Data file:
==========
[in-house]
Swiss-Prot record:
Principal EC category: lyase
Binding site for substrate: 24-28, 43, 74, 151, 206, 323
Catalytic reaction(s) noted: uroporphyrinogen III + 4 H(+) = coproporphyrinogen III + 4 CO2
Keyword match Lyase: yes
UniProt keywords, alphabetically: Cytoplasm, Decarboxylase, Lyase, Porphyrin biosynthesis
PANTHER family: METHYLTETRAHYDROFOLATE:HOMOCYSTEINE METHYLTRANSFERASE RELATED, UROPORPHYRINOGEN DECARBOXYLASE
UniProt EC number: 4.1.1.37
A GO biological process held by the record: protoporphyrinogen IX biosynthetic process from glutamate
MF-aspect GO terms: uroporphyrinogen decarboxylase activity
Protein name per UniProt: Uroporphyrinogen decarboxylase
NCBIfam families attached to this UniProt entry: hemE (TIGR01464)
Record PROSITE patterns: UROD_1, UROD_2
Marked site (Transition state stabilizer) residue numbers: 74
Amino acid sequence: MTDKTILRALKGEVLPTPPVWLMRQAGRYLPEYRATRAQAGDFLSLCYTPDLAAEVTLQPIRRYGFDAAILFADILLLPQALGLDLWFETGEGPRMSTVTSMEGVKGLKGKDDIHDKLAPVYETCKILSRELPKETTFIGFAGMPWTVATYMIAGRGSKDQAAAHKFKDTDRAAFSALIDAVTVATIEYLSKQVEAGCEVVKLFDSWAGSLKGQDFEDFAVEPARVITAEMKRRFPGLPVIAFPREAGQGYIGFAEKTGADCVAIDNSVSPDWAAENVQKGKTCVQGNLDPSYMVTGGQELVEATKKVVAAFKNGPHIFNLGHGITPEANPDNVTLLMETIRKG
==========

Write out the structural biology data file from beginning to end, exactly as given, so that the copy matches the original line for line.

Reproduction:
[in-house]
Swiss-Prot record:
Principal EC category: lyase
Binding site for substrate: 24-28, 43, 74, 151, 206, 323
Catalytic reaction(s) noted: uroporphyrinogen III + 4 H(+) = coproporphyrinogen III + 4 CO2
Keyword match Lyase: yes
UniProt keywords, alphabetically: Cytoplasm, Decarboxylase, Lyase, Porphyrin biosynthesis
PANTHER family: METHYLTETRAHYDROFOLATE:HOMOCYSTEINE METHYLTRANSFERASE RELATED, UROPORPHYRINOGEN DECARBOXYLASE
UniProt EC number: 4.1.1.37
A GO biological process held by the record: protoporphyrinogen IX biosynthetic process from glutamate
MF-aspect GO terms: uroporphyrinogen decarboxylase activity
Protein name per UniProt: Uroporphyrinogen decarboxylase
NCBIfam families attached to this UniProt entry: hemE (TIGR01464)
Record PROSITE patterns: UROD_1, UROD_2
Marked site (Transition state stabilizer) residue numbers: 74
Amino acid sequence: MTDKTILRALKGEVLPTPPVWLMRQAGRYLPEYRATRAQAGDFLSLCYTPDLAAEVTLQPIRRYGFDAAILFADILLLPQALGLDLWFETGEGPRMSTVTSMEGVKGLKGKDDIHDKLAPVYETCKILSRELPKETTFIGFAGMPWTVATYMIAGRGSKDQAAAHKFKDTDRAAFSALIDAVTVATIEYLSKQVEAGCEVVKLFDSWAGSLKGQDFEDFAVEPARVITAEMKRRFPGLPVIAFPREAGQGYIGFAEKTGADCVAIDNSVSPDWAAENVQKGKTCVQGNLDPSYMVTGGQELVEATKKVVAAFKNGPHIFNLGHGITPEANPDNVTLLMETIRKG